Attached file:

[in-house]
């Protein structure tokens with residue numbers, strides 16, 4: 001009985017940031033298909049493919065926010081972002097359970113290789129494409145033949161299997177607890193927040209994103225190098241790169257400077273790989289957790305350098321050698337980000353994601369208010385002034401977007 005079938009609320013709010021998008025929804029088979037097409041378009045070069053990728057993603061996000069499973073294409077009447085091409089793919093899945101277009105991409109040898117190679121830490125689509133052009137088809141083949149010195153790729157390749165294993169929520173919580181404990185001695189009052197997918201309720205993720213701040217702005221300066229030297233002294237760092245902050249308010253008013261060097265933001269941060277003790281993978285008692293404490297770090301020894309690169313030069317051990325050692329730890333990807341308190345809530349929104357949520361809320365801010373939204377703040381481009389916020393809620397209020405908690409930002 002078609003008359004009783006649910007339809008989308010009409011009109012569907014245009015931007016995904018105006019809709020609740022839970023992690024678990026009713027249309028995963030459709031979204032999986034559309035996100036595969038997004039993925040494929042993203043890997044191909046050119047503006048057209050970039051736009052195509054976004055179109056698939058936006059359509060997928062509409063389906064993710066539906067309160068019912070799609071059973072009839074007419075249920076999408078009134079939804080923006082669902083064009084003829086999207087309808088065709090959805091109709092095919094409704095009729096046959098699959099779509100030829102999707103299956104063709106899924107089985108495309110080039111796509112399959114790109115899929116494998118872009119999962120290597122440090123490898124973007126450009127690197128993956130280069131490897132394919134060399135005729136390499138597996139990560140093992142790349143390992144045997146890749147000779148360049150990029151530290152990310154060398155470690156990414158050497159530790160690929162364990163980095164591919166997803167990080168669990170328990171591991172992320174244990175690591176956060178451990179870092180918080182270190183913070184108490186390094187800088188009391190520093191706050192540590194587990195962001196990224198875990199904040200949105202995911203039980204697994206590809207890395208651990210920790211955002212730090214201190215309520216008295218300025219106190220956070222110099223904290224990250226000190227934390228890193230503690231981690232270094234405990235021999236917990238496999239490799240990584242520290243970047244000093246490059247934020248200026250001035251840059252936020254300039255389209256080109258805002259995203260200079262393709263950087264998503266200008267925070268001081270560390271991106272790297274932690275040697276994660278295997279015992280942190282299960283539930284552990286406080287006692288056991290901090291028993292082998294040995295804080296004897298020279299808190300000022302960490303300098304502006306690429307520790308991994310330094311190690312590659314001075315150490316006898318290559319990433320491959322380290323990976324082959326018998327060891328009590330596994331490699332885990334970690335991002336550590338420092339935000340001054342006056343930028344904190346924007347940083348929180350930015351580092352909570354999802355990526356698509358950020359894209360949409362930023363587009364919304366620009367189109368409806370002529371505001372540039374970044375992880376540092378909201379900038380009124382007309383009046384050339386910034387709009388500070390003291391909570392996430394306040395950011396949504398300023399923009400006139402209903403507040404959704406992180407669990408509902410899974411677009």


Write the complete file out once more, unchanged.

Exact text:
[in-house]
């Protein structure tokens with residue numbers, strides 16, 4: 001009985017940031033298909049493919065926010081972002097359970113290789129494409145033949161299997177607890193927040209994103225190098241790169257400077273790989289957790305350098321050698337980000353994601369208010385002034401977007 005079938009609320013709010021998008025929804029088979037097409041378009045070069053990728057993603061996000069499973073294409077009447085091409089793919093899945101277009105991409109040898117190679121830490125689509133052009137088809141083949149010195153790729157390749165294993169929520173919580181404990185001695189009052197997918201309720205993720213701040217702005221300066229030297233002294237760092245902050249308010253008013261060097265933001269941060277003790281993978285008692293404490297770090301020894309690169313030069317051990325050692329730890333990807341308190345809530349929104357949520361809320365801010373939204377703040381481009389916020393809620397209020405908690409930002 002078609003008359004009783006649910007339809008989308010009409011009109012569907014245009015931007016995904018105006019809709020609740022839970023992690024678990026009713027249309028995963030459709031979204032999986034559309035996100036595969038997004039993925040494929042993203043890997044191909046050119047503006048057209050970039051736009052195509054976004055179109056698939058936006059359509060997928062509409063389906064993710066539906067309160068019912070799609071059973072009839074007419075249920076999408078009134079939804080923006082669902083064009084003829086999207087309808088065709090959805091109709092095919094409704095009729096046959098699959099779509100030829102999707103299956104063709106899924107089985108495309110080039111796509112399959114790109115899929116494998118872009119999962120290597122440090123490898124973007126450009127690197128993956130280069131490897132394919134060399135005729136390499138597996139990560140093992142790349143390992144045997146890749147000779148360049150990029151530290152990310154060398155470690156990414158050497159530790160690929162364990163980095164591919166997803167990080168669990170328990171591991172992320174244990175690591176956060178451990179870092180918080182270190183913070184108490186390094187800088188009391190520093191706050192540590194587990195962001196990224198875990199904040200949105202995911203039980204697994206590809207890395208651990210920790211955002212730090214201190215309520216008295218300025219106190220956070222110099223904290224990250226000190227934390228890193230503690231981690232270094234405990235021999236917990238496999239490799240990584242520290243970047244000093246490059247934020248200026250001035251840059252936020254300039255389209256080109258805002259995203260200079262393709263950087264998503266200008267925070268001081270560390271991106272790297274932690275040697276994660278295997279015992280942190282299960283539930284552990286406080287006692288056991290901090291028993292082998294040995295804080296004897298020279299808190300000022302960490303300098304502006306690429307520790308991994310330094311190690312590659314001075315150490316006898318290559319990433320491959322380290323990976324082959326018998327060891328009590330596994331490699332885990334970690335991002336550590338420092339935000340001054342006056343930028344904190346924007347940083348929180350930015351580092352909570354999802355990526356698509358950020359894209360949409362930023363587009364919304366620009367189109368409806370002529371505001372540039374970044375992880376540092378909201379900038380009124382007309383009046384050339386910034387709009388500070390003291391909570392996430394306040395950011396949504398300023399923009400006139402209903403507040404959704406992180407669990408509902410899974411677009």